U.K. tightens virus restrictions in London
Londoners will be banned from mixing with other households indoors and Paris is set for a curfew, as European leaders struggle to cope with record new coronavirus cases around the region.
Prime Minister Boris Johnson’s government will mandate tighter restrictions in the U.K. capital starting this weekend, while French President Emmanuel Macron will confine residents of nine of the country’s biggest cities to their homes between 9 p.m. and 6 a.m. for four weeks from Saturday. German Chancellor Angela Merkel renewed an appeal to citizens to abide by hygiene and distancing rules and avoid groups.
The varied approaches around Europe to deal with the disease have caused confusion and stoked unrest amid the pandemic-weary public, especially amid low hospitalization and death rates -- which nonetheless are now steadily rising.
Leaders have little recourse but to implore people to knuckle down. Johnson was adamant he did not want a second lockdown but now the prospect of a so-called “circuit-breaker” with schools closed for two weeks is in the air.
Outside London, U.K. officials are also attempting to tame the virus with a regional “whack-a-mole” strategy that has created tensions with the poorer north where the number cases are rising rapidly. There is also disparity within the U.K. itself on the best approach.
Northern Ireland is planning to close schools from Monday and impose curbs on pubs and restaurants, and Wales wants to restrict travel from English hot spots, with new regulations coming into force Friday.
This latest development comes as Germany, Italy, Austria and the Czech Republic all reported record increases in cases, and London approached an average of 100 infections per 100,000 people.
European authorities are grappling with how to devise targeted strategies that slow the spread of the disease without resorting to the kind of broad national lockdowns which decimated economic activity in the second quarter.
Merkel struggled to forge a consensus with regional German leaders in a meeting that dragged on for more than eight hours into Wednesday night.
Her chancellery minister, Helge Braun, said measures agreed for hard-hit areas -- including closing bars and restaurants at 11 p.m. and extending mandatory mask wearing -- are unlikely to be sufficient to tame the “enormous infection dynamic” seen in recent days.
“There can be absolutely no question that this is the start of a very broad second wave,” Braun, a qualified medical doctor, said Thursday in an interview with ARD television. “The longer we wait and the more indecisive we are, it’s not only key for our health but also for our economy.”
Merkel was unable to agree with state premiers on restrictions on domestic travel, with some officials arguing that they are unnecessary and ineffective. Germany recorded 7,173 new cases in the 24 hours through Thursday morning, exceeding a high during the previous peak of the pandemic in late March.
“Economically we can’t afford a second wave with the same consequences as we had in the spring,” Merkel said. “What we do and don’t do in the coming days and weeks will be key to the question of how we make it through this pandemic.”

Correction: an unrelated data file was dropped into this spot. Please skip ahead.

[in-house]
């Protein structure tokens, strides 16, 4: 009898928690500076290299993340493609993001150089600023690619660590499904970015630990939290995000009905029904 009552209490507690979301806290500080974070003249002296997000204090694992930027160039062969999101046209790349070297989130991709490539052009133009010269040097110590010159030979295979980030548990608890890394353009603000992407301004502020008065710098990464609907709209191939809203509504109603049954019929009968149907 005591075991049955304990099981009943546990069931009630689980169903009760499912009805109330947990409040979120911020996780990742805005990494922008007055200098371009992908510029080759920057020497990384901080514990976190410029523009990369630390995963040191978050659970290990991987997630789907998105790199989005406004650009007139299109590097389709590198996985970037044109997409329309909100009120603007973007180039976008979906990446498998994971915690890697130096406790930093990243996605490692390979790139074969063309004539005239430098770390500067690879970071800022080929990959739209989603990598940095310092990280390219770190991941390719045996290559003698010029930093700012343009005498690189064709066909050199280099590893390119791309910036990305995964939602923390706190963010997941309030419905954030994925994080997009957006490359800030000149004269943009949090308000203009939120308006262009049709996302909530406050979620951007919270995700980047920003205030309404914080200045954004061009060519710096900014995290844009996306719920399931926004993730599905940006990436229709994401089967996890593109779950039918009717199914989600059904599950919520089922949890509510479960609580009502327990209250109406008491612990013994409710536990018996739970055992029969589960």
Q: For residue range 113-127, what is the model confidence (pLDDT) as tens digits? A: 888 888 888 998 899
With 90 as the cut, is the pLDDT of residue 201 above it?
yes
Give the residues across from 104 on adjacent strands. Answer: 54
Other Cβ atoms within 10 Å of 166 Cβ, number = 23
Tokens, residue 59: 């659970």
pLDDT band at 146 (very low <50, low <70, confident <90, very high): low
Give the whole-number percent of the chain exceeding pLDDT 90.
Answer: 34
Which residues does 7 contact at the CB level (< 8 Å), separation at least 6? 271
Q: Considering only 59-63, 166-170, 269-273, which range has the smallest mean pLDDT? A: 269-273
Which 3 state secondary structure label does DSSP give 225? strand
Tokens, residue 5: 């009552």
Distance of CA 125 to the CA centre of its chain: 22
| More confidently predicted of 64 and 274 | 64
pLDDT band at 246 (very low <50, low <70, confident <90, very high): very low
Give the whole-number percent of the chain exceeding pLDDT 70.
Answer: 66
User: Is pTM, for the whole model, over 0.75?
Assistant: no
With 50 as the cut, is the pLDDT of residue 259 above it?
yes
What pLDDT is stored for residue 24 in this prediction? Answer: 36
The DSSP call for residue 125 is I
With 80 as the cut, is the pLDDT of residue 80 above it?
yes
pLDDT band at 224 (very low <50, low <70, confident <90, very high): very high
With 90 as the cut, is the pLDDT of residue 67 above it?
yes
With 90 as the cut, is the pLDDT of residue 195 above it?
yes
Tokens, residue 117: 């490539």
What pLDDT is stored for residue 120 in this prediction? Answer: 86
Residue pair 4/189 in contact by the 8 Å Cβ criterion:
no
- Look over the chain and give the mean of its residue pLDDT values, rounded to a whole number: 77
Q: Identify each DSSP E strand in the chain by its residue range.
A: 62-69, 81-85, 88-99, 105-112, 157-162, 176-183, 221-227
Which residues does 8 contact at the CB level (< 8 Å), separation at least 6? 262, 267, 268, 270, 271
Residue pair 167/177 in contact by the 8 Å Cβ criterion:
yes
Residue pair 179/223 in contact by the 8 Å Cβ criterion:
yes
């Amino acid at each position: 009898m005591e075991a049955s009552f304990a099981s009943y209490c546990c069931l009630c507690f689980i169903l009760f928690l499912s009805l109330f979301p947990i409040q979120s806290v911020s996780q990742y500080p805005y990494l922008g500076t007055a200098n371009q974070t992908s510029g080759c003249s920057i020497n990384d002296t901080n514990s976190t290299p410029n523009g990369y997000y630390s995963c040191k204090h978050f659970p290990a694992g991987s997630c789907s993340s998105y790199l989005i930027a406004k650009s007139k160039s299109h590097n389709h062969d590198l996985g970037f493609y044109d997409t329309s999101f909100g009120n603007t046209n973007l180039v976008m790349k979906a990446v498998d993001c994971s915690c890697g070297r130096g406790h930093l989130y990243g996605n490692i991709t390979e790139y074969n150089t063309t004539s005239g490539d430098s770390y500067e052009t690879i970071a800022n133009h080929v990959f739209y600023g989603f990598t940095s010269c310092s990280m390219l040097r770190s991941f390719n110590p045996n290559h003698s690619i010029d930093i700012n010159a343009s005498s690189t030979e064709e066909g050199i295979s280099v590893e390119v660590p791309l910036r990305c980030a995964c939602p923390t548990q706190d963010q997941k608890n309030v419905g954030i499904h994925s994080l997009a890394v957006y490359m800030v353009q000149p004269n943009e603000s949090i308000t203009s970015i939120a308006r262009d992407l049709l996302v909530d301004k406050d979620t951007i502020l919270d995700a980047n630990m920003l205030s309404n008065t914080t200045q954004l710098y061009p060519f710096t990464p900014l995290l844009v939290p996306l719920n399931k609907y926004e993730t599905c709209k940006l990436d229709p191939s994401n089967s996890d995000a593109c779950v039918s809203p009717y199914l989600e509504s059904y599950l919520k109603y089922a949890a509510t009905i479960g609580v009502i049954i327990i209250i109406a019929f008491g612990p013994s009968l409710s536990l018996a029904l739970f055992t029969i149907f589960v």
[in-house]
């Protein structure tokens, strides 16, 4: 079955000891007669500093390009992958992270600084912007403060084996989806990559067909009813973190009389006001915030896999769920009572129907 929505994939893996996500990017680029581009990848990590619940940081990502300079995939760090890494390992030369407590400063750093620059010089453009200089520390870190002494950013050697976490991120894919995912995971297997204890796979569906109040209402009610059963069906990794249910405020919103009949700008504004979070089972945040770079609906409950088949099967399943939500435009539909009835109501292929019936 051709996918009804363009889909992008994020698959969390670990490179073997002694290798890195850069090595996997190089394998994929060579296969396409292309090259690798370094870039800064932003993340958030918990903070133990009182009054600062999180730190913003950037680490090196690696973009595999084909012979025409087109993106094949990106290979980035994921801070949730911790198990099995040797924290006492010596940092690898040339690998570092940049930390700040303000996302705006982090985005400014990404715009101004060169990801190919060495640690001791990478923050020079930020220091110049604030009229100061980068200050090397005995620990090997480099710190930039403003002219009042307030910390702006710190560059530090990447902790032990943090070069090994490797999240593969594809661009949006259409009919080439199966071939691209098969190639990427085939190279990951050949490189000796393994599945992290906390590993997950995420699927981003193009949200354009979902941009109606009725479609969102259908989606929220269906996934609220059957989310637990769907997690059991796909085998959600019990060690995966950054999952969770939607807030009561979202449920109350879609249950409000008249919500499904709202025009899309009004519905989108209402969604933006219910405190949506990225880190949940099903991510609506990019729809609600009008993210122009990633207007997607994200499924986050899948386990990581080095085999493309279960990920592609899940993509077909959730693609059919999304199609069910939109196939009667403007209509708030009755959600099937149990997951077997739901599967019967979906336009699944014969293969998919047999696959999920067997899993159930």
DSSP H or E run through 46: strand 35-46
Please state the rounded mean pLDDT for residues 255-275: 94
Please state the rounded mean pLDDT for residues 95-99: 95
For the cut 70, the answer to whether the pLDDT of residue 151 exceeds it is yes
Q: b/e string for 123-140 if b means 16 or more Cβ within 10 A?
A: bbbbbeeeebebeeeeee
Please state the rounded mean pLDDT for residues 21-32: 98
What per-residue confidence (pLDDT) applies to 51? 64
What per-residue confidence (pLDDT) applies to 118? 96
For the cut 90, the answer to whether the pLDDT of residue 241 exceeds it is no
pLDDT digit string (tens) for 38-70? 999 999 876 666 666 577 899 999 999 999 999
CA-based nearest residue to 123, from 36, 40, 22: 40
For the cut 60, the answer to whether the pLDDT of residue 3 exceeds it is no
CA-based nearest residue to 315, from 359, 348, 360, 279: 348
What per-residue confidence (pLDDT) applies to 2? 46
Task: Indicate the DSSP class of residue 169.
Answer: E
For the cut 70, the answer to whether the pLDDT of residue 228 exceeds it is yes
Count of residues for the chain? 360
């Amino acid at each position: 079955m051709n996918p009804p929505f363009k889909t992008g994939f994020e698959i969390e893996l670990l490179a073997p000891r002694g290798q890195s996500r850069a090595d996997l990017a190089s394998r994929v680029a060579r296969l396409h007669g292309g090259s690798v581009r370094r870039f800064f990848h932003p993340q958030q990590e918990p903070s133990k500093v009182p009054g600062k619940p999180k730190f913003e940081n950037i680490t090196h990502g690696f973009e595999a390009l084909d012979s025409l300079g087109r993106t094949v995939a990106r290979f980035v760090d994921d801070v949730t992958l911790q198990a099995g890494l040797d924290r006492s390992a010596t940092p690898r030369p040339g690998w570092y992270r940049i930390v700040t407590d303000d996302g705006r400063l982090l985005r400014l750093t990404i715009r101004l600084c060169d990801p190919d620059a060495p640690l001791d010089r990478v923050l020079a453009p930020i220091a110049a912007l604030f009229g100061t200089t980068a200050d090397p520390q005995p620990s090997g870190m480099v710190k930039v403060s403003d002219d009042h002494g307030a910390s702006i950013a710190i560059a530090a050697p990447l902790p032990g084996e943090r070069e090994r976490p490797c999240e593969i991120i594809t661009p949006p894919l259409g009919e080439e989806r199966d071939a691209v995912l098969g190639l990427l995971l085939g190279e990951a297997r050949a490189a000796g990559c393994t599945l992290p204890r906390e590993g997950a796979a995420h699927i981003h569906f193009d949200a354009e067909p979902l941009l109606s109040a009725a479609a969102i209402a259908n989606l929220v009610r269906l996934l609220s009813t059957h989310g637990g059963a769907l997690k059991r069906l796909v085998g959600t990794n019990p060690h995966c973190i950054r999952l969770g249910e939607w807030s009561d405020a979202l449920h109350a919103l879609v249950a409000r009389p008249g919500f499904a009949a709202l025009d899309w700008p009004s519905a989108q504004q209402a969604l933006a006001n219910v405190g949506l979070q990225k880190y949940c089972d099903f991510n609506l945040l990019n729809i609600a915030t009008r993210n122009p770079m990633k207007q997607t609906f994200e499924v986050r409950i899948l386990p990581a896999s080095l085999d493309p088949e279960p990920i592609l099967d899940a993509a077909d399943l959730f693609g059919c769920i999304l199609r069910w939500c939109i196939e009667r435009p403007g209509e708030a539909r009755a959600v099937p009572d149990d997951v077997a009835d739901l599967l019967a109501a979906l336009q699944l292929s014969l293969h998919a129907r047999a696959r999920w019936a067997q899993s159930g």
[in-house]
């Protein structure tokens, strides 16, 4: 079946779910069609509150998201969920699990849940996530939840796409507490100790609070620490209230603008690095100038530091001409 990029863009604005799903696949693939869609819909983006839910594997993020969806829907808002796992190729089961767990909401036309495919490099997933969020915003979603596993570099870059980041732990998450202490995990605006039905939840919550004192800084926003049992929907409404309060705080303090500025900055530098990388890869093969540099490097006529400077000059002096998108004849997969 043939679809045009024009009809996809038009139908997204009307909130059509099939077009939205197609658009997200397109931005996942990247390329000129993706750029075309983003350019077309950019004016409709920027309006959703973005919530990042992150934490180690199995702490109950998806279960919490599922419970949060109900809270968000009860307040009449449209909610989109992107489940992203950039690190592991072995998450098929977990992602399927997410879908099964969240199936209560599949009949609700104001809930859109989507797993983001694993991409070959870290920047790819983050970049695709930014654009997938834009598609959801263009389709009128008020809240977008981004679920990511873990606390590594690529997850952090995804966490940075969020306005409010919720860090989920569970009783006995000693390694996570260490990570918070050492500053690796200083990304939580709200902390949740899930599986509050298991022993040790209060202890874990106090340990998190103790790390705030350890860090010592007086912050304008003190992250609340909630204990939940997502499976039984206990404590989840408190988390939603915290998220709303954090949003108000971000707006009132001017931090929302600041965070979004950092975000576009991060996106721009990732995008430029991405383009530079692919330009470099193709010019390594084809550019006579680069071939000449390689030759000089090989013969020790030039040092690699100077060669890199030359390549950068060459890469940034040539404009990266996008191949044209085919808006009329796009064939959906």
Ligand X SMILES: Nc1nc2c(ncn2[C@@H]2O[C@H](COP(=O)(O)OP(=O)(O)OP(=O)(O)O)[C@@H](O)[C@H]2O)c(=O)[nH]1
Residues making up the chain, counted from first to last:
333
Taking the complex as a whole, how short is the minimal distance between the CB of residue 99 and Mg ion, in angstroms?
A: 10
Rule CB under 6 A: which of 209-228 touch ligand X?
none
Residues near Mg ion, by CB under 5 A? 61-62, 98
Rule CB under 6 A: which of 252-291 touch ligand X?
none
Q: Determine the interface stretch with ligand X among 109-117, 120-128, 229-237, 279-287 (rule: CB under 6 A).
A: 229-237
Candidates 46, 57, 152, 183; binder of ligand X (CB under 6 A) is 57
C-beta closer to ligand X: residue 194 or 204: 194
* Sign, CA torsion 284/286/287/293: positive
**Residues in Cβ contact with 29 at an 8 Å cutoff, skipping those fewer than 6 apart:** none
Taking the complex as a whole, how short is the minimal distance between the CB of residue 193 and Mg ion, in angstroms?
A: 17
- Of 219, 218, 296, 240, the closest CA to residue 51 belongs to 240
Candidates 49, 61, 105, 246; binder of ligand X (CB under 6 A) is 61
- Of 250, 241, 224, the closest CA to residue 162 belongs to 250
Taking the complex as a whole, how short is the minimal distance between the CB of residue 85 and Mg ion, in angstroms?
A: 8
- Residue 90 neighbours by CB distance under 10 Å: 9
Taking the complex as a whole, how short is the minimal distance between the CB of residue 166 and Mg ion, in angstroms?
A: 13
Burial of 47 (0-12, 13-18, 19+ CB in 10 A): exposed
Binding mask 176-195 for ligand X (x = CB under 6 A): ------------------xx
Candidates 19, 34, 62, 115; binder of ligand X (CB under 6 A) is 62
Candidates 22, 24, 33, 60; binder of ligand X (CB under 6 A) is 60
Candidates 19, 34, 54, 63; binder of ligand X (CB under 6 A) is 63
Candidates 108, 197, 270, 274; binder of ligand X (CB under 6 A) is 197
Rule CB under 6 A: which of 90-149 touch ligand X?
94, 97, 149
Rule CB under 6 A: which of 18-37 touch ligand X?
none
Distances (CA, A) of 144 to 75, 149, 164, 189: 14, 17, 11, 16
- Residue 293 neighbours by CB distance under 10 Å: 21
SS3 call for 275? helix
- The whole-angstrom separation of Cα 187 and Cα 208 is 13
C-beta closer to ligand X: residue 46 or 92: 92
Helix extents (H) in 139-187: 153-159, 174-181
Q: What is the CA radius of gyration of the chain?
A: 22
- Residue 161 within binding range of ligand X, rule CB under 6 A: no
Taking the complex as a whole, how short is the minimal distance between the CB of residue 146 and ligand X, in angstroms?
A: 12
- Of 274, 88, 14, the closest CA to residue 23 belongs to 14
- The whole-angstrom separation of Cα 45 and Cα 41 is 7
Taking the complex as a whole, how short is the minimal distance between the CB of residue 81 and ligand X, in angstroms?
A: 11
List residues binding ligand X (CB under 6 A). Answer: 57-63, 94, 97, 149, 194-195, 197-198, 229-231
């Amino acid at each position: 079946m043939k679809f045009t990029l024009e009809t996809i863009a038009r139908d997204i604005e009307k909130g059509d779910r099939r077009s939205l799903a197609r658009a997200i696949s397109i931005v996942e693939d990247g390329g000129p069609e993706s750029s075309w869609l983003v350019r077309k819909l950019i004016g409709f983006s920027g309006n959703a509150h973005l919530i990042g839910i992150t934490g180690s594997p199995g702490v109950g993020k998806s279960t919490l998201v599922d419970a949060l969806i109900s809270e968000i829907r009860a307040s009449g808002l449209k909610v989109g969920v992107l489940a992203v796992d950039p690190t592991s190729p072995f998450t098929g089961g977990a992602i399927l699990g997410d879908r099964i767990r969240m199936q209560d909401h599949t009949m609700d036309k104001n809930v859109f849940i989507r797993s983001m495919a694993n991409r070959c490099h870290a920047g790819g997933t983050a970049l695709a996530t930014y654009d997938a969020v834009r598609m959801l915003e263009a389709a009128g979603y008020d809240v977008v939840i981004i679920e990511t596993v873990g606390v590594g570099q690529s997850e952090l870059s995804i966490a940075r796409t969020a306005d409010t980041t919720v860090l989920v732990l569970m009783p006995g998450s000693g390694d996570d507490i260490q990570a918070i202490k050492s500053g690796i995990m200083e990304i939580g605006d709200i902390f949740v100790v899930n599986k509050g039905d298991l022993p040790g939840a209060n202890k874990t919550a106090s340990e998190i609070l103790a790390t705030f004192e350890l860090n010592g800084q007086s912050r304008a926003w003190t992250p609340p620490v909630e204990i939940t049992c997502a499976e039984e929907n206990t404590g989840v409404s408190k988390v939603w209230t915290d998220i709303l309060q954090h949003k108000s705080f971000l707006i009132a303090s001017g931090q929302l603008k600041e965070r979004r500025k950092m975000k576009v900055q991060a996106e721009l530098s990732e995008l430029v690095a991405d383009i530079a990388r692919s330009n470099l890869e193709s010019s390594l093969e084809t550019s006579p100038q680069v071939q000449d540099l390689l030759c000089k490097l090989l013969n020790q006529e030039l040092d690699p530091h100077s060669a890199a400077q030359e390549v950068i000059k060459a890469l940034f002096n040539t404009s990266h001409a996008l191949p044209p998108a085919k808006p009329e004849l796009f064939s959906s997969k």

European infections began a resurgence in the late summer, fueled by returning travelers and young party-goers. Local family, work and social gatherings have since spurred further contagion.
The region as a whole recorded almost 700,000 new cases last week, the most since the pandemic began, and taking the total to just below 7 million, according to the World Health Organization. Britain, France, Russia and Spain accounted for over half of all new cases.
In France, daily cases have jumped to more than 17,000 from less than 12,000 a week ago, and more than 40% of intensive-care beds in the Paris region are taken by Covid-19 patients. Prime Minister Jean Castex and ministers are due to provide details on the new measures later on Thursday.
Macron said Wednesday the situation in hospitals is “unsustainable” and the goal is to bring new cases down to 3,000 to 4,000 a day. “We are learning how to be a nation again,” he said. “We had become used to being individuals. But we are a united nation, and we will succeed.”
Italian Prime Minister Giuseppe Conte warned that the nation will “be in trouble again” if the rising trend persists and for the first time declined to rule out a new nationwide lockdown. The country reported a record 7,322 new infections on Wednesday.
“I’m not making any predictions,” Conte said when asked about a virologist’s warning that the country could be under lockdown by Christmas. “A lot depends on how citizens behave.”
In Spain, Foreign Minister Arancha Gonzalez Laya pushed back against reports that the spread of the virus and the political tussling over how to contain it are sparking concerns in Berlin. The country has registered 300,000 new cases over the past month, bringing the total number of infections to almost a million.
In an interview with Bloomberg Television Thursday, Gonzalez Laya insisted that the Spanish outbreak is “under control” and criticism of her government’s fight with the Madrid region over tighter restrictions is unfair.
“What’s happening in Spain is not unlike what happens in the Laender in Germany,” she said. “When the central government tells the regions they need to take tough measures, some of them are not happy about that.”
--With assistance from Daniel Schaefer, Raymond Colitt, Jerrold Colten, Peter Laca, Andrea Dudik, Andrew Blackman, Kitty Donaldson, Laura Millan Lombrana, Boris Groendahl and Geraldine Amiel.